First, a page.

Thursday, March 23, 2006

So long NFL; Hello reality

I am here stating publicly that I will no longer watch NFL football games. I recognize that the stand I have chosen to take is not likely to make a difference, but I am not boycotting the NFL per se. I am not saying that if the Cowboys get rid of Terrell Owens that I will watch again or that if the league finally does what it should have long ago to get rid of people like him. I am not holding my fandom hostage. I think I'm through with football for a very long time.

I have been a lifelong Cowboys fan. I have supported them during the good times and bad times. I have never been able to afford tickets. The only game I've seen in person was a preseason game and my ticket was a present. But I've watched faithfully since I was about five or six years old. Some of my fondest memories are wrapped up in watching my team: my step-father and I screaming at the television and only agreeing on the fact that the Steelers committed pass interference in the Super Bowl; my friends and I meeting on Sundays after lunch to scarf down Myron's chips and salsa while we rooted our boys on; people at work laughing at me when I predicted that the 1-15 Cowboys would win the Super Bowl within three years.

When Tom Landry was unceremoniously booted, I quaked with anger and thought I should find something else to do with my Sunday afternoons. But I stuck with my team. When Jimmy Johnson was fired right after winning the Super Bowl, I was aghast, but decided to hope for the best. When Bill Parcells came on board, I was excited at our chances, though sad that players, media and an egotistical owner fired others for not doing a job well that they were not given the opportunity to do.

I have supported the Cowboys even when favorite players got in trouble with the law or did things off the field that did not sit well with my sense of morality. When decisions were made that seemed to come from an un-aired episodes of The Outer Limits, I still watched, hoping. I've always been uncomfortable about the "America's Team" tag, and I do not have any illusions that players, coaches, and owners were more moral at some point in the past. I know it is a business. What I cannot stomach any longer, is that it is a business that tells the fans what to admire and love. It reminds of those punk rocks bands that would spit on and otherwise abuse members of their audience. It is not just Jerry Jones that has spit on me. It is Paul Tagliabue (sp?), the league itself, and those who make their money on the drama even as they discuss the likely consequences.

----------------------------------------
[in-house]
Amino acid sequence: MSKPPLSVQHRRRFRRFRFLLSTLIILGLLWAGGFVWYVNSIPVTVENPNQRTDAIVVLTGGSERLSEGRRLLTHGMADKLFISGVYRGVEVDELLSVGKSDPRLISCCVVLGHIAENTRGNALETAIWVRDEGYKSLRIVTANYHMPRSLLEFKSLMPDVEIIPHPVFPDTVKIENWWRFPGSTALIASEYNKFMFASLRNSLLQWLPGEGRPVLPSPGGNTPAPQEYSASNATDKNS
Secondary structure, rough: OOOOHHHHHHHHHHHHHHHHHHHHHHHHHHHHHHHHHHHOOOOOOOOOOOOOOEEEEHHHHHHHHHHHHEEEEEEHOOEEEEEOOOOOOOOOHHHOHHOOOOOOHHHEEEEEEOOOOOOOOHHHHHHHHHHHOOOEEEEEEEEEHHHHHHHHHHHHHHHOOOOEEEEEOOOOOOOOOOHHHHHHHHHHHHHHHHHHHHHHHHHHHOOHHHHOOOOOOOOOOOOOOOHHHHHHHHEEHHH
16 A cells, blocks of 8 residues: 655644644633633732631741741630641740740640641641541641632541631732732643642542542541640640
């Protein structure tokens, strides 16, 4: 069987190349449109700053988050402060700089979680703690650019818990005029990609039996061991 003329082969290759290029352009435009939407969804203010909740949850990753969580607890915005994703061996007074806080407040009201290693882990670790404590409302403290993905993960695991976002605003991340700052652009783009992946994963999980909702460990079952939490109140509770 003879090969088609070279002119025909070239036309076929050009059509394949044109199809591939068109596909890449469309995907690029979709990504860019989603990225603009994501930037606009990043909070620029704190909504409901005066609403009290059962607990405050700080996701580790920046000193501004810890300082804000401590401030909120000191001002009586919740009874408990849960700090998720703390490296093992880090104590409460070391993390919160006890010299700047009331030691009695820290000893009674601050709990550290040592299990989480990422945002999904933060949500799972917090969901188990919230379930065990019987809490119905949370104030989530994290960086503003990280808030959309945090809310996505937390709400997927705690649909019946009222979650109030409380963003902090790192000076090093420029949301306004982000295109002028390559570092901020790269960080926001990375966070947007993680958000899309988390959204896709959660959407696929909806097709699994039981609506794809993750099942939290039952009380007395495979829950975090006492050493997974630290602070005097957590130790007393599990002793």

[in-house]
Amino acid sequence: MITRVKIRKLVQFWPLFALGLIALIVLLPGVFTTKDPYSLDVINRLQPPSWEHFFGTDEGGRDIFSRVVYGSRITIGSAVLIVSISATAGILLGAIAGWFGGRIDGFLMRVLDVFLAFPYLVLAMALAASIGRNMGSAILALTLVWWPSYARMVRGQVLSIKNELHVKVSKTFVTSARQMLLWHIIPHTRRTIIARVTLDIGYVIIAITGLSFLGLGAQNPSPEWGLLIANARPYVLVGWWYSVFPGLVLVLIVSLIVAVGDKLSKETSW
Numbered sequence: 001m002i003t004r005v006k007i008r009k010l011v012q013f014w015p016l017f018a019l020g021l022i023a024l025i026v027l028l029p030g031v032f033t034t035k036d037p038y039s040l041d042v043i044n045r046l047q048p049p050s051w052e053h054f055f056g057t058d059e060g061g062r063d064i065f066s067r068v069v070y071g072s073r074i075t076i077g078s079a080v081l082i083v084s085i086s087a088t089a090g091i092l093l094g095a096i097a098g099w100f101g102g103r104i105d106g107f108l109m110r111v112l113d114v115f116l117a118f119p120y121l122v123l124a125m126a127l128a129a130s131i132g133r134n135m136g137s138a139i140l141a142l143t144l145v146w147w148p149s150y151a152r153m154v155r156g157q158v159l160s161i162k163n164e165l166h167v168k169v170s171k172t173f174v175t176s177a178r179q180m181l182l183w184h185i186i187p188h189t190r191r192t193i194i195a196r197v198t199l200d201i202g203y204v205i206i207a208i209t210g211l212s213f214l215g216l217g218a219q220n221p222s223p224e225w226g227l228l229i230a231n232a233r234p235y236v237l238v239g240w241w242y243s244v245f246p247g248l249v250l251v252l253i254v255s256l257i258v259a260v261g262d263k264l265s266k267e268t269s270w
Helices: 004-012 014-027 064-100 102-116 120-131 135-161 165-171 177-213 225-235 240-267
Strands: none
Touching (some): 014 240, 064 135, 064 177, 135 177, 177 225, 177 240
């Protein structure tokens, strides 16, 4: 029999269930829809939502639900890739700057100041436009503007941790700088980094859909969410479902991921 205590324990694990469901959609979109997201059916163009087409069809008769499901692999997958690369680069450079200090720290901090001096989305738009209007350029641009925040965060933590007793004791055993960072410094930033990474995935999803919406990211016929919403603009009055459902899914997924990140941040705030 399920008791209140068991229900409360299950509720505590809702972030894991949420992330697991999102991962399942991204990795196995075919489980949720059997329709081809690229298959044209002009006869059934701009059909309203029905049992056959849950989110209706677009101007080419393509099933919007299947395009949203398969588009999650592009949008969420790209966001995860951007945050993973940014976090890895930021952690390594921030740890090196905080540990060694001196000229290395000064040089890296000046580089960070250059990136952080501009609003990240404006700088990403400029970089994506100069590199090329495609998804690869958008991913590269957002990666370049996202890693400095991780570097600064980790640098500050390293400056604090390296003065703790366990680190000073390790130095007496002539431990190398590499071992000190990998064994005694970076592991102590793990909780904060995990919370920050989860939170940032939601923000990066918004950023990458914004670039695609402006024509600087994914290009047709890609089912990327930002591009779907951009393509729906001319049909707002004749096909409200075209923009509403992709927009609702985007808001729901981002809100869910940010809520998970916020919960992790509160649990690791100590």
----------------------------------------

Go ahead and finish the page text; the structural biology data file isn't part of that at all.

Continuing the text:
The signing of Terrell Owens by the Dallas Cowboys is not so much a sign of the beginning of the apocalypse as it is a sign that football is not really a game. I'm sure that he will make the team better. People who love Mr. Owens say that when the team wins the Super Bowl, then everyone will like him and say the move was a good one. Likely this is true. But I won't be there to see it because I don't care anymore how many more games the Cowboys win. I am troubled by an institution like the National Football League that allows such people to continue wreaking havoc. One might as well detain drug dealers for a short time and just give them a million dollars to poison lives in a different neighborhood.

But we (fans) have given fallen sports figures second chances over and over and over. We do not learn our lessons. We indulge criminals and destructive personalities and wonder what went wrong. However, I believe we need to imagine what would happen if we could do what Owens does in our own lives. We'd likely be fired the first time. Eventually we would not even be allowed in the business or field we pursued, no matter how talented we are. This isn't just about Owens getting away with something that I can't, but let's consider what this means. Already most children cannot distinguish the difference between families on television and the families they live with. Thus, I have seen child after child expect things from their parents and teachers that are outside the realm of reality in some cases or a outside the boundaries of a working society. More and more adults treat each other, their co-workers and bosses, their spouses according to the reality they prefer from situation comedies, soap operas, talk shows and pornography. What does it say about our world when a man can be criticized as a team wrecker, but continue to be allowed to rove about inflicting his damage? Those who get paid to criticize Owens and agent (or as I like to think of him, the demon without), may say that Owens shouldn't play or should be forced to behave, but they continue to give him attention. They continue to make sure that his face, his initials, his attitude are before us. We bitch, but we still pay him.

The infamous
Ty Cobb knew he could hold out for more money because people who loved him knew he was a great player. Those who hated would pay to boo him. Either way he and his team would win.

But I'm not paying any more. I'm taking my business elsewhere.

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